Dorie Greenspan’s Ginger and Jam Bûche de Noël 12.000

Deb Lindsey for The Washington Post

Everyday Dorie Dec 9, 2016

With this recipe, much of the intimidation involved in making a classic French yule log cake goes out the window, because the frosting is simple, and the fillings can be jam and a spread, as directed below -- or you can create your own combinations that include crushed nuts or chocolate shavings.

The frosted cake can be left plain or decorated with sanding sugar, sprinkles, cookie crumbs, chocolate shavings and more. An offset spatula is good to have on hand for spreading the filling and for frosting.

Make Ahead: The filled, rolled, unfrosted cake needs to be refrigerated for at least 3 hours and preferably up to 1 day, or wrapped airtight and frozen for up to 2 months; defrost in the wrapping. Once covered with whipped cream, the cake should be refrigerated. It will keep for up to 12 hours.

12 - 14

When you scale a recipe, keep in mind that cooking times and temperatures, pan sizes and seasonings may be affected, so adjust accordingly. Also, amounts listed in the directions will not reflect the changes made to ingredient amounts.

Tested size: 12-14 servings

  • For the cake
  • 1/2 cup all-purpose flour
  • 1/4 cup cornstarch
  • 1 teaspoon ground cinnamon
  • 1 teaspoon ground ginger
  • Pinch allspice
  • 6 large eggs
  • Pinch sea salt
  • 2/3 cup granulated sugar
  • Confectioners' sugar, for dusting
  • For the filling
  • About 1/2 cup spice cookie spread, such as Biscoff (may use peanut butter or Nutella; see above)
  • About 1 cup thick preserves, jam or fruit butter
  • For the frosting
  • 3/4 cup cold heavy cream
  • 2 tablespoons confectioners' sugar
  • 2 teaspoons pure vanilla extract
  • 2 tablespoons sour cream
  • Sprinkles, colored sanding sugar, Biscoff cookie crumbs, chocolate shavings, toasted nuts or anything that strikes your fancy


For the cake: Preheat the oven to 400 degrees. Line a 12-by-17-inch rimmed baking sheet with parchment paper. Have a clean kitchen towel at hand.

Sift together the flour, cornstarch and spices in a bowl.

Separate the eggs. Combine the whites and salt in the bowl of a stand mixer fitted with a balloon-whisk attachment (or in the bowl for a handheld electric mixer), and place the yolks in a medium bowl.

Beat the whites at medium-high speed until they are opaque and just start to thicken and hold their shape. Little by little, whip in the granulated sugar and then continue to beat for another minute or so. The meringue should be glossy and very firm.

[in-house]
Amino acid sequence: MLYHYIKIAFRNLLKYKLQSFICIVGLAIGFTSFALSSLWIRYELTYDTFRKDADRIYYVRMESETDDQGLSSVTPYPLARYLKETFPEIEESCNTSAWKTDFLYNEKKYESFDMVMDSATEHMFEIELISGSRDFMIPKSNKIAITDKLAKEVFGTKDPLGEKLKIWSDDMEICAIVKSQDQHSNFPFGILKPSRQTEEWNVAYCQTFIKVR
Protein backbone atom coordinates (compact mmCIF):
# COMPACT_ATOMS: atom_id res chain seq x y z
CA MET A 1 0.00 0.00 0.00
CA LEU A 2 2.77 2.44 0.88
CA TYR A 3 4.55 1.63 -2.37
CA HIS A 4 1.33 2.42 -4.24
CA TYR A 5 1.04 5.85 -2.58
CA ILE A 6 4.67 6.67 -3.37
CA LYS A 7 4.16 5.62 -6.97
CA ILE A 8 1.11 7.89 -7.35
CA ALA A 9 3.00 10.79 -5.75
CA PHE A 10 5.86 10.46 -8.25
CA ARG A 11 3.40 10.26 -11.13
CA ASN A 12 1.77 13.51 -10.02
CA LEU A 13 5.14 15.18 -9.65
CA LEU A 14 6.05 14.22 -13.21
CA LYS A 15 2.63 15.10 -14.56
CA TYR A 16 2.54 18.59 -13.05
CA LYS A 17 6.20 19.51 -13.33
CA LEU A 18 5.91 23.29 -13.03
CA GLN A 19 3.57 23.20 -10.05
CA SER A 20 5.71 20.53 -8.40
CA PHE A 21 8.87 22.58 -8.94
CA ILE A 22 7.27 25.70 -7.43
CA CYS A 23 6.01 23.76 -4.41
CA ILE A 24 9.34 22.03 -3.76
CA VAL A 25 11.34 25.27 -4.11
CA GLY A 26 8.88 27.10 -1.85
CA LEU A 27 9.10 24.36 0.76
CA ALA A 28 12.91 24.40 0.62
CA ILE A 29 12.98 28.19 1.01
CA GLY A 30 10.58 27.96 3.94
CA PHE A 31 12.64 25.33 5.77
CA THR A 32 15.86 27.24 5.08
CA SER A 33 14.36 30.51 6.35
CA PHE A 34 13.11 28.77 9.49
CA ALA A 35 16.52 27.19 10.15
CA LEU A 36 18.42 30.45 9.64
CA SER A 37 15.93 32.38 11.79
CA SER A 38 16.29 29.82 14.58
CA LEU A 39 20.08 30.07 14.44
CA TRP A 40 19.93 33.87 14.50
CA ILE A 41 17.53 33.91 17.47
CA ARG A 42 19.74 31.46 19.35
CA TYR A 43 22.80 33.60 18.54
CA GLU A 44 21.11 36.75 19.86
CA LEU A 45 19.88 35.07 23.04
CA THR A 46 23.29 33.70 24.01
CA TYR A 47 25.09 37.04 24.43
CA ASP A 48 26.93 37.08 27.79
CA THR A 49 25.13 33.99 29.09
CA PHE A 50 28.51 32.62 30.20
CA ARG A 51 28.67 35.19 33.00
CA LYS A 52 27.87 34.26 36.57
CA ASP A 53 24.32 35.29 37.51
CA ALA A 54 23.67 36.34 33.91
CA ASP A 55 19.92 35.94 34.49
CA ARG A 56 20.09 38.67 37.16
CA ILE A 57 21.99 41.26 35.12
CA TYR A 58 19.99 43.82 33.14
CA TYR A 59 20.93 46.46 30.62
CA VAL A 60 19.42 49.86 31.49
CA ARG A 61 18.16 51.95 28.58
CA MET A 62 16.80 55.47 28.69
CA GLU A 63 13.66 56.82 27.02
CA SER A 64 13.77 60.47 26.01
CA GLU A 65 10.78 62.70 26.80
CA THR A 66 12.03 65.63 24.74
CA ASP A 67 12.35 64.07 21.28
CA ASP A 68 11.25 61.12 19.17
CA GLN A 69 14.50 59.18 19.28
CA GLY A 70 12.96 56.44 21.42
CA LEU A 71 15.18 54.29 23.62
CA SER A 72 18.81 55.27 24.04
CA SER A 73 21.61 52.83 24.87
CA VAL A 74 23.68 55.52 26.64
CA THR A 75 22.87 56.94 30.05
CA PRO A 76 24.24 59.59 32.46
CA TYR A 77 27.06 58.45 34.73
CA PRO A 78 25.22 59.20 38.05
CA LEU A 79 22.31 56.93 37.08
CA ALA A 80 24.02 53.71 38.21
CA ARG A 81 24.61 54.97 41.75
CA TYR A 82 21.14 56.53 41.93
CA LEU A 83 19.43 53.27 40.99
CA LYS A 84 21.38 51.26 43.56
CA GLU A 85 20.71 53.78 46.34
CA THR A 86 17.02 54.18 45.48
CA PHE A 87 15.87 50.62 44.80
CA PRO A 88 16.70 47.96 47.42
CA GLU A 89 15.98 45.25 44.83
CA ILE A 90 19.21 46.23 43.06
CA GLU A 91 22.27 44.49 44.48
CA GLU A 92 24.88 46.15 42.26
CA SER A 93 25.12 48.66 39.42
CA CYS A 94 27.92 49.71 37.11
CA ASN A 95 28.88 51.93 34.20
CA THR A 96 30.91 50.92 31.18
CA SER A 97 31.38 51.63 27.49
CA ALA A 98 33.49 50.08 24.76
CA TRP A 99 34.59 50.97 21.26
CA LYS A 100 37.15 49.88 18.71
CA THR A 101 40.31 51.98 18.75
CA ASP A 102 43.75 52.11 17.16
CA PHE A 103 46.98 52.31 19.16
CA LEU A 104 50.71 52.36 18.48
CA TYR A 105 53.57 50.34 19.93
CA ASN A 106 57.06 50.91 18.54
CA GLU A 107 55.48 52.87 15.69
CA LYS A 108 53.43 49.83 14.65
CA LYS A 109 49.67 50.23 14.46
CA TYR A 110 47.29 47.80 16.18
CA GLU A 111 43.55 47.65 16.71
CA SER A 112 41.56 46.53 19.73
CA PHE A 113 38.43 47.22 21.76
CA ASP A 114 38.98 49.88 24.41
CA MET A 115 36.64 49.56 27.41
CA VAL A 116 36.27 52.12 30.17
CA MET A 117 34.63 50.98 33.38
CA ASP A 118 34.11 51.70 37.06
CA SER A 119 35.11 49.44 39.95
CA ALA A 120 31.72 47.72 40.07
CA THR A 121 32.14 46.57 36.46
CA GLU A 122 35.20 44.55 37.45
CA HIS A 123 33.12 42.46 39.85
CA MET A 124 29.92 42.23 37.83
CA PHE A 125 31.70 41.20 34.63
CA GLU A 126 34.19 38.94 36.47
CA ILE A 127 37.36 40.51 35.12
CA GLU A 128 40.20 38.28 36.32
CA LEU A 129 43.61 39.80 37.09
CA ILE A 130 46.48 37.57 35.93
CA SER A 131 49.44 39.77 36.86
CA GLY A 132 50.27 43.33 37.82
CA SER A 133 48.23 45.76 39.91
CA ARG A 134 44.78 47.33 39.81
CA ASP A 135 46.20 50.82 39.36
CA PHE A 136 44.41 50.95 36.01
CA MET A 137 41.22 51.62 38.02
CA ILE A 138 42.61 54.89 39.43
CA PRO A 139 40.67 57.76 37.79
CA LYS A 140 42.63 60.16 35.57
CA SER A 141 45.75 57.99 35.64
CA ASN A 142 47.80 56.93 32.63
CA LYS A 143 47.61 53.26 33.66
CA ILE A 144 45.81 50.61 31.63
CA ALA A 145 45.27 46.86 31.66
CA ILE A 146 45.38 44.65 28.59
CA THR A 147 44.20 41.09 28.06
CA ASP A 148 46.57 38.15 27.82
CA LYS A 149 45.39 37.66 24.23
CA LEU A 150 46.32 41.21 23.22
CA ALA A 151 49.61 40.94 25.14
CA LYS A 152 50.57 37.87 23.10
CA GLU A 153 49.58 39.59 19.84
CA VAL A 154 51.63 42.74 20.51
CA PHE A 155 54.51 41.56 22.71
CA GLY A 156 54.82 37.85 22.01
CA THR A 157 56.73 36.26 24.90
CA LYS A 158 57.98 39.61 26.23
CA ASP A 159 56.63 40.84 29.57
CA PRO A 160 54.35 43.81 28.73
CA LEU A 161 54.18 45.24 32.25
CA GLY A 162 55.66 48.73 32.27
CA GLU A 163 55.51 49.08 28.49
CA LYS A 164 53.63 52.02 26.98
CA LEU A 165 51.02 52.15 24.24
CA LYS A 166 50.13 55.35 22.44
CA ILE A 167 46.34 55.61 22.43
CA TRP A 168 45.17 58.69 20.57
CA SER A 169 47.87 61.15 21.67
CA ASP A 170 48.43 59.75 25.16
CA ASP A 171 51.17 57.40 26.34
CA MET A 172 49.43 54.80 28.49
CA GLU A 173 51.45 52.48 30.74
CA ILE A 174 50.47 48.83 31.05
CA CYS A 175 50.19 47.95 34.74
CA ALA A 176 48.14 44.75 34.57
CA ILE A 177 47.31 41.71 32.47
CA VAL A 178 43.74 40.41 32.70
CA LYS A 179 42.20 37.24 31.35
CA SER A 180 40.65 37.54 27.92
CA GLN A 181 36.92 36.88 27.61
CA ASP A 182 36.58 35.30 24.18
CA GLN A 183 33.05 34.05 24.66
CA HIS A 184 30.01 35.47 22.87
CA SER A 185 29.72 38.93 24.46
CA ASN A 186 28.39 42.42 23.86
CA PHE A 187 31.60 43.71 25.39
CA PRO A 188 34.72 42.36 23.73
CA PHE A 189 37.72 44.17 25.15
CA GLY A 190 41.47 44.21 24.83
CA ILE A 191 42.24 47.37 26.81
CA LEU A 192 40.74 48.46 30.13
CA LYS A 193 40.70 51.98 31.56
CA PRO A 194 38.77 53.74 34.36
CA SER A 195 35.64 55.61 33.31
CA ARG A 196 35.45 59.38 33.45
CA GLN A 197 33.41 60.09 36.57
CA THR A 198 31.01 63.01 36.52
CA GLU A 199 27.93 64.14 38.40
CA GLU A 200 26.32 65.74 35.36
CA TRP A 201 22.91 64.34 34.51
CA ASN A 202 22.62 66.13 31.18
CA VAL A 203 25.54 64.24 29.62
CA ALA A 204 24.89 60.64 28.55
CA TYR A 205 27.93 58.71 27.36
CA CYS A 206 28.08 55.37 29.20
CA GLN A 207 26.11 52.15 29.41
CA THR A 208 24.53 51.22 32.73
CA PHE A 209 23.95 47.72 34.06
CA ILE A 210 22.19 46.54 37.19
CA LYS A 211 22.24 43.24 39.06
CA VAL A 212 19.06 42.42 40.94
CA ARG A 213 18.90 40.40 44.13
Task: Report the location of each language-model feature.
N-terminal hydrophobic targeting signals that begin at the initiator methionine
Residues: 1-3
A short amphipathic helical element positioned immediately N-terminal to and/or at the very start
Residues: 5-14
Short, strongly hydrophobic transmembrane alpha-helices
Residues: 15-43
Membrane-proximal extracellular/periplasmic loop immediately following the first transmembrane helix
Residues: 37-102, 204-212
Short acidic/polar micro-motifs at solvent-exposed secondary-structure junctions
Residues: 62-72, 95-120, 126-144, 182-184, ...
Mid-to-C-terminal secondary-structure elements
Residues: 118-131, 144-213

Whisk the yolks by hand until they are well blended. Scoop out about one-quarter of the meringue and whisk it into the yolks. The whites will deflate a little, but that’s fine. Scrape the lightened yolks onto the meringue, then pour the flour mixture over the yolks.

Use a large, flexible spatula to gently fold all the ingredients together. Work with a light hand, knowing that it’s impossible not to knock some air out of the meringue, and blend the ingredients together as best as you can. It’s better to have a few patches of egg white than to deflate the batter, so work quickly and carefully, and don’t aim for perfection.

Turn the batter out and smooth it evenly over the pan, making sure to fill the corners. Bake (middle rack) for 8 to 10 minutes or until the cake is uniformly puffed, feels just set and is lightly golden. Transfer to a cooling rack, but don’t let it sit for longer than 5 minutes.

Spread the towel out on the counter and dust it with confectioners' sugar; be generous. Run a table knife around the sides of the warm cake, then invert the cake onto the sugared cloth. Gently peel away the parchment paper. Dust the cake with confectioners' sugar, flip over the parchment and place the clean side against the cake. Position the cake so that you’ve got a long side running parallel to the counter, and roll the cake up snugly in the towel, making the roll as tight as you can. Twist the ends of the towel to secure the roll, and let the cake come to room temperature on the rack.

To fill the cake, place the cookie spread in a bowl and stir vigorously to loosen it (so it will be easier to spread). Do the same with the preserves.

Unroll the cake and remove the parchment, keeping the cake on the kitchen towel. Spread the cookie spread evenly across the cake, leaving a margin of about an inch around the cake’s perimeter. Cover the cookie spread with a layer of jam.

Using the towel to help you, gently lift and roll the cake, starting at a long side and finishing so that the seam is on the bottom. Again, try to get a snug roll. Transfer the cake to a serving platter (or cutting board) and cover with plastic wrap. Refrigerate for at least 3 hours or, better yet, for up to 1 day. The log is better when the filling has had time to meld with the cake.

Pour the chilled heavy cream into the bowl of a stand mixer fitted with a balloon-whisk attachment (or in a bowl with a handheld electric mixer); beat on medium speed until the cream just starts to thicken. Little by little, add the confectioners' sugar followed by the vanilla extract. You want to beat the cream until it is thick and holds its shape. Use a flexible spatula to fold the sour cream into the stiffly beaten whipped cream.

Use a serrated knife to cut off the uneven ends of the cake. (Reserve for a baker’s treat.) Use an offset spatula or a kitchen knife to generously cover the cake with the whipped cream mixture; you'll use all of it. If you’re not serving the cake immediately, return it to the refrigerator. (The frosted cake can be stored in the refrigerator for up to 12 hours.)

When you’re ready to serve the cake, top it with sanding sugar, sprinkles or other decorations of your choice.

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Recipe Source

From cookbook author Dorie Greenspan.

Tested by Nilar Andrea Chit Tun.

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